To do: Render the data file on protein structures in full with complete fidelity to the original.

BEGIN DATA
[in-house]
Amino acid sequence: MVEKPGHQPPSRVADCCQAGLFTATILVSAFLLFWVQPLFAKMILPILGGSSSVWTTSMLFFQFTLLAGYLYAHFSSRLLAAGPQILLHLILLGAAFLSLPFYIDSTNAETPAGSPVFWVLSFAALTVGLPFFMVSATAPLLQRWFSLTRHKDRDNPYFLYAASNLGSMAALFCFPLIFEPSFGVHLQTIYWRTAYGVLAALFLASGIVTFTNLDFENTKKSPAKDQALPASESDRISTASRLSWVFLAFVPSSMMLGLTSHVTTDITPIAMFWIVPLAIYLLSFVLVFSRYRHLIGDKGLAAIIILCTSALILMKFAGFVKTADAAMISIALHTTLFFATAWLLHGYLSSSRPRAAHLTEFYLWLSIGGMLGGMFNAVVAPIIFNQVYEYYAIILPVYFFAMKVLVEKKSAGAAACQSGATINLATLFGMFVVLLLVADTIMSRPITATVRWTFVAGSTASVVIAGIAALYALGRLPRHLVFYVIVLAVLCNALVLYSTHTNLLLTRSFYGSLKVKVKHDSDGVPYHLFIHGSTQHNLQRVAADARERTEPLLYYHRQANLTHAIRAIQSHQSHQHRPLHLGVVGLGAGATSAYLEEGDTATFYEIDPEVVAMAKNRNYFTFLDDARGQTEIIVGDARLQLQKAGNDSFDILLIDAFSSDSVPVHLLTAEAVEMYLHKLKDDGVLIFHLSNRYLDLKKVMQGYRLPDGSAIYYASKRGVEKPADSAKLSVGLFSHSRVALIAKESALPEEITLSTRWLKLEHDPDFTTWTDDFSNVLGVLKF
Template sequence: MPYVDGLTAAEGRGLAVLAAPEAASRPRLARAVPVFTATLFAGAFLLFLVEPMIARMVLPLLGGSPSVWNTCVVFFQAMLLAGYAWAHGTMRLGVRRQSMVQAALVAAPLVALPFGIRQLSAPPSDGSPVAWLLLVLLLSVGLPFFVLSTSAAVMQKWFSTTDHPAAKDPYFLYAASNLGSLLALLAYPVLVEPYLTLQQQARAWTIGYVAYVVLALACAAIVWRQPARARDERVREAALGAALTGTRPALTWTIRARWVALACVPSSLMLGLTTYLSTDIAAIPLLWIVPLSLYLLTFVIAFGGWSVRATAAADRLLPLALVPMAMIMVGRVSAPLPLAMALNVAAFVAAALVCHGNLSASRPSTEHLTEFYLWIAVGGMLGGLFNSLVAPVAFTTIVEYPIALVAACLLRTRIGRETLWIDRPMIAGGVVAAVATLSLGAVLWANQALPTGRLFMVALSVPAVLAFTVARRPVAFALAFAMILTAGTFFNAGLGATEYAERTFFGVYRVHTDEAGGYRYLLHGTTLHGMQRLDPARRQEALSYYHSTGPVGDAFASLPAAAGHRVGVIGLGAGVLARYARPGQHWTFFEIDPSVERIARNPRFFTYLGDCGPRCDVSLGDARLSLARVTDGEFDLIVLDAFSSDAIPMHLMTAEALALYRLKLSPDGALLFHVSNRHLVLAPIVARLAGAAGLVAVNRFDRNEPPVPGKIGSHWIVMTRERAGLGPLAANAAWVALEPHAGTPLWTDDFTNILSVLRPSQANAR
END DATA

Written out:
[in-house]
Amino acid sequence: MVEKPGHQPPSRVADCCQAGLFTATILVSAFLLFWVQPLFAKMILPILGGSSSVWTTSMLFFQFTLLAGYLYAHFSSRLLAAGPQILLHLILLGAAFLSLPFYIDSTNAETPAGSPVFWVLSFAALTVGLPFFMVSATAPLLQRWFSLTRHKDRDNPYFLYAASNLGSMAALFCFPLIFEPSFGVHLQTIYWRTAYGVLAALFLASGIVTFTNLDFENTKKSPAKDQALPASESDRISTASRLSWVFLAFVPSSMMLGLTSHVTTDITPIAMFWIVPLAIYLLSFVLVFSRYRHLIGDKGLAAIIILCTSALILMKFAGFVKTADAAMISIALHTTLFFATAWLLHGYLSSSRPRAAHLTEFYLWLSIGGMLGGMFNAVVAPIIFNQVYEYYAIILPVYFFAMKVLVEKKSAGAAACQSGATINLATLFGMFVVLLLVADTIMSRPITATVRWTFVAGSTASVVIAGIAALYALGRLPRHLVFYVIVLAVLCNALVLYSTHTNLLLTRSFYGSLKVKVKHDSDGVPYHLFIHGSTQHNLQRVAADARERTEPLLYYHRQANLTHAIRAIQSHQSHQHRPLHLGVVGLGAGATSAYLEEGDTATFYEIDPEVVAMAKNRNYFTFLDDARGQTEIIVGDARLQLQKAGNDSFDILLIDAFSSDSVPVHLLTAEAVEMYLHKLKDDGVLIFHLSNRYLDLKKVMQGYRLPDGSAIYYASKRGVEKPADSAKLSVGLFSHSRVALIAKESALPEEITLSTRWLKLEHDPDFTTWTDDFSNVLGVLKF
Template sequence: MPYVDGLTAAEGRGLAVLAAPEAASRPRLARAVPVFTATLFAGAFLLFLVEPMIARMVLPLLGGSPSVWNTCVVFFQAMLLAGYAWAHGTMRLGVRRQSMVQAALVAAPLVALPFGIRQLSAPPSDGSPVAWLLLVLLLSVGLPFFVLSTSAAVMQKWFSTTDHPAAKDPYFLYAASNLGSLLALLAYPVLVEPYLTLQQQARAWTIGYVAYVVLALACAAIVWRQPARARDERVREAALGAALTGTRPALTWTIRARWVALACVPSSLMLGLTTYLSTDIAAIPLLWIVPLSLYLLTFVIAFGGWSVRATAAADRLLPLALVPMAMIMVGRVSAPLPLAMALNVAAFVAAALVCHGNLSASRPSTEHLTEFYLWIAVGGMLGGLFNSLVAPVAFTTIVEYPIALVAACLLRTRIGRETLWIDRPMIAGGVVAAVATLSLGAVLWANQALPTGRLFMVALSVPAVLAFTVARRPVAFALAFAMILTAGTFFNAGLGATEYAERTFFGVYRVHTDEAGGYRYLLHGTTLHGMQRLDPARRQEALSYYHSTGPVGDAFASLPAAAGHRVGVIGLGAGVLARYARPGQHWTFFEIDPSVERIARNPRFFTYLGDCGPRCDVSLGDARLSLARVTDGEFDLIVLDAFSSDAIPMHLMTAEALALYRLKLSPDGALLFHVSNRHLVLAPIVARLAGAAGLVAVNRFDRNEPPVPGKIGSHWIVMTRERAGLGPLAANAAWVALEPHAGTPLWTDDFTNILSVLRPSQANAR